In response to the Board’s questions, CUNA does not believe that changes should be made to the Regulation E requirements for disclosing fees on periodic statements. These changes would add additional burdens to financial institutions without providing much benefit to consumers. The disclosures on the periodic statement should not contain the source and recipient of any debit fee. Inclusion of this information does not provide helpful information to consumers; they already have information on the fees they pay. Other potential changes to Regulation E disclosures that would require the periodic statement to reflect a summary of calendar year-to-date for PIN debit card fees would cause consumer confusion because the periodic statement aggregates all other information on a monthly, not-year-to-date basis. Including a unique statistic, year-to-date information, on only one type of fee (PIN fees) would confuse consumers about what they should expect on the periodic statement.

Point-Of-Sale Fee Disclosures

Currently, a transaction fee must be disclosed on the receipt, and additionally displayed on or at the terminal, only if the fee is included in the amount of the transfer. If such a fee is not included in the transfer amount, then the receipt need not state the fee and the display requirements are not triggered. The Board requests comments on whether the receipt at an electronic terminal should be required to disclose the fees at all times.

CUNA urges the Board to avoid making a fee disclosure mandatory at the point-of-sale because added requirements could actually be detrimental to consumers. New requirements would limit the ability of a financial institution to assess fees in ways that are advantageous to consumers. For example, if a financial institution wants to provide a certain number of free POS debits per month, the programming requirement to implement this service in compliance with POS disclosure requirements could be cost prohibitive. Typically, POS terminals have limited capabilities, and they cannot transmit the specific fee information for the unique financial institution of the cardholder. CUNA encourages the Board to continue current disclosure requirements at the terminal and to avoid adding new mandatory requirements that would result in costly programming, little additional value to the consumers, and the potential for a reduction of availability of convenient and cost-effective services to consumers.

Besides the burden on consumers, CUNA does not believe that there is affordable technology to require mandatory disclosure of fees either on merchants’ point-of-sale terminals or receipts. CUNA believes that the requirement to make this disclosure mandatory may be burdensome and costly to both merchants and financial institutions because a change in technology may require an investment in upgraded point-of-sale card readers and processing/settlement systems. Furthermore, it could be extremely difficult to program all point-of-sale card readers to disclose PIN-use fees specific to each card-issuing institution, given the number of financial institutions.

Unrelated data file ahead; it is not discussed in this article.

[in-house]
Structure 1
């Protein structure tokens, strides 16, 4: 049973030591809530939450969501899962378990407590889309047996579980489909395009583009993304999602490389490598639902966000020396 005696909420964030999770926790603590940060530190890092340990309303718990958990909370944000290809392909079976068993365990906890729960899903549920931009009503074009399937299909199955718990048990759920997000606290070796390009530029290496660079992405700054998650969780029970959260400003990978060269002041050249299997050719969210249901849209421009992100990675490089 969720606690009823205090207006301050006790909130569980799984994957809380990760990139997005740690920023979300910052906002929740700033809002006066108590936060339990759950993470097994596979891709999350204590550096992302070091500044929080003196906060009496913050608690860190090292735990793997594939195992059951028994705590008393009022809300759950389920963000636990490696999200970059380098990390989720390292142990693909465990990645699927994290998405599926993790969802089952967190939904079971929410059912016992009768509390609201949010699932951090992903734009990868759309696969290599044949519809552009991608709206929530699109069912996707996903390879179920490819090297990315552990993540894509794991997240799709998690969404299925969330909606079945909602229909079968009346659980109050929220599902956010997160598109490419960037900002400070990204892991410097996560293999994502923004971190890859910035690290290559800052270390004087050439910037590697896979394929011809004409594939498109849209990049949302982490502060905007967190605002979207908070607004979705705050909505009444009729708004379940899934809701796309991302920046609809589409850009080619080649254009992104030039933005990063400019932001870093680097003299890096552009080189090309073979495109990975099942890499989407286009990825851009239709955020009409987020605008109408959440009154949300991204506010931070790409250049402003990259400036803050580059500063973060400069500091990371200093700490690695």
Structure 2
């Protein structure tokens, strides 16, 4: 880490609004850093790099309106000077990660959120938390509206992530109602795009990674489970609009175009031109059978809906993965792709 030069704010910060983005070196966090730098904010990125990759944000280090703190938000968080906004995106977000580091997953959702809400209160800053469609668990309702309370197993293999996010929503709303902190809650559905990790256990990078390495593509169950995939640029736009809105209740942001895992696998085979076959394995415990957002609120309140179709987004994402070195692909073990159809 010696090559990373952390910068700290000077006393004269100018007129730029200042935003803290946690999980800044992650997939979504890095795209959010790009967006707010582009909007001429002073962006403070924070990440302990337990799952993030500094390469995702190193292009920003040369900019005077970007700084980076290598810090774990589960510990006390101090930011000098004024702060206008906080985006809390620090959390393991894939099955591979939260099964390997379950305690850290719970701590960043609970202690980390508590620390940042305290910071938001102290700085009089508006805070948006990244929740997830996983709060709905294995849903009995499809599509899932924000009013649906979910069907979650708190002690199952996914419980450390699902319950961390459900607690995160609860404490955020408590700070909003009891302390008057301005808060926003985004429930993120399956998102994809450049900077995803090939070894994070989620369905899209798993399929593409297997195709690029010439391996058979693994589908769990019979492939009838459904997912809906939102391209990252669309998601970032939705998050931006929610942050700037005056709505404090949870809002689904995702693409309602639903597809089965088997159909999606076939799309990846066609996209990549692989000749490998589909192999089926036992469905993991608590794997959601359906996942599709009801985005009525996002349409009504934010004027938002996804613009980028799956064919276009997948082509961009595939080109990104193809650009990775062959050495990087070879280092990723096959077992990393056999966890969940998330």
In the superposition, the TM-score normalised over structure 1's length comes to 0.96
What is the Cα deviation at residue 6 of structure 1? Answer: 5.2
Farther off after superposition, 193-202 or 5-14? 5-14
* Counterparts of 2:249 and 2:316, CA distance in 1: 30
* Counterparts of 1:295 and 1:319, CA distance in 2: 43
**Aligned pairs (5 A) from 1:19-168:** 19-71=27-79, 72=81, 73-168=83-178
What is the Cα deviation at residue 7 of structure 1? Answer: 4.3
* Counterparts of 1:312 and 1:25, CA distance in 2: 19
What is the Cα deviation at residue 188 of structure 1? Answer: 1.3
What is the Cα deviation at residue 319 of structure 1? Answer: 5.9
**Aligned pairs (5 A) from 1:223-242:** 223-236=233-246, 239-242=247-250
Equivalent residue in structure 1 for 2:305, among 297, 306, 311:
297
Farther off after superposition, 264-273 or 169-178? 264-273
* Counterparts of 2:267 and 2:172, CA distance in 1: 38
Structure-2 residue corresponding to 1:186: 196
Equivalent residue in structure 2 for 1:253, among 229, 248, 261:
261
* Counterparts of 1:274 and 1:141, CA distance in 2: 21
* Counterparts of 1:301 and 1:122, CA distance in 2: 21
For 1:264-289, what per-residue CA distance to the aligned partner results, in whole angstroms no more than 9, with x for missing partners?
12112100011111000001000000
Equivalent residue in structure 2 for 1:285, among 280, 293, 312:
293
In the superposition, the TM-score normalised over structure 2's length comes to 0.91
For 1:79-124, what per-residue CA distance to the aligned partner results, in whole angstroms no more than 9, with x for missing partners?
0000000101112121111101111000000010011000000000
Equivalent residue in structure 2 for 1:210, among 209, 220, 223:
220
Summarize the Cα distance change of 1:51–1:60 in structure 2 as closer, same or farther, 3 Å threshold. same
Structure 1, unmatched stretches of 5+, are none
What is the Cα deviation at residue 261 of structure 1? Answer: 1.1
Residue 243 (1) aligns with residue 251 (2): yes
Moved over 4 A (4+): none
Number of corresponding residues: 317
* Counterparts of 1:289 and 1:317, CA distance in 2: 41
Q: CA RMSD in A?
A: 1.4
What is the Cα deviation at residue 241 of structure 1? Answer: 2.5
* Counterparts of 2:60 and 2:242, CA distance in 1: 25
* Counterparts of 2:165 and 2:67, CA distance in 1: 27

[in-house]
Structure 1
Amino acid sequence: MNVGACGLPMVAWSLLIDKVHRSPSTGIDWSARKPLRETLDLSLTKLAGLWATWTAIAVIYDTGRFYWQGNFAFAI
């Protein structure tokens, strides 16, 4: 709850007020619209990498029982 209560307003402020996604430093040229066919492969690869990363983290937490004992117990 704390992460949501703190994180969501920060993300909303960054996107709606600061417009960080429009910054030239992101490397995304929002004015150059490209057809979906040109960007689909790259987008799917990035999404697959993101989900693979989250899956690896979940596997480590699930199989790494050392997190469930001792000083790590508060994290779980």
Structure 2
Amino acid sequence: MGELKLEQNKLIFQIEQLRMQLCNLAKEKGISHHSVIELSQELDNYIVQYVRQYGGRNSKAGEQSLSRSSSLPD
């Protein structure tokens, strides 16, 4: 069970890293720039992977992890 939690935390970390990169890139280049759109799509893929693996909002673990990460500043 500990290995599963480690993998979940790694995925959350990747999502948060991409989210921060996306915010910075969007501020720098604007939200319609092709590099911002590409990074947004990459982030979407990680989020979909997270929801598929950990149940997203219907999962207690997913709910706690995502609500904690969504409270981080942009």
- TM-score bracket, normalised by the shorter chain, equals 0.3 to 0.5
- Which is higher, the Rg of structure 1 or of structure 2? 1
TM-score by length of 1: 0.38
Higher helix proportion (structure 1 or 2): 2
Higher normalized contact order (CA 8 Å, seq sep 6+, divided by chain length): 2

In the future, if the Board requires display of card-issuing institutions’ PIN-use fees at point-of-sale terminals, CUNA believes that this would require numerous operational changes for the network. According to credit unions, networks are not currently configured to provide this information. So the infrastructure of networks would have to be altered to allow them to read the fee from each card at each financial institution. Moreover, before this upgrade could be implemented, each financial institution would have to test it to ensure that it works.

Further, CUNA believes that requiring institutions to disclose PIN-use fees at the point-of-sale would be inconsistent with Regulation E’s treatment of the similar situation that exists with ATM transaction fees. Regulation E requires that at the ATM terminal a notice be posted that the ATM operator and the account-holding institution may charge fess; it does not require the disclosure of these fees. 12 CFR 205.7 (b) (11). Card-issuing institutions do not control disclosures at ATMs they do not own (i.e., nonproprietary ATMs), and therefore cannot disclose fees they might charge to their members for use of a non-proprietary ATM at that ATM. A point-of-sale terminal is similar to a non-proprietary ATM in that an institution cannot customize another terminal owner’s display or receipt to its own fee structure. For that reason, the Board should not impose a mandatory disclosure requirement on debit PIN fee use because the limited capabilities of the infrastructure are the same in both situations and the regulations should accommodate similar situations in a similar manner.

Conclusion

CUNA supports the existing debit card PIN fee disclosures, which allow a consumer to make informed choices. Additional disclosures for the periodic statement and at the point-of-sale would burden financial institutions and provide little benefit to consumers. If you have any further questions, please contact CUNA's Senior Vice President and Associate General Counsel Mary Dunn or me at (202) 638-5777.

Sincerely,

Michelle Q. Profit
Assistant General Counsel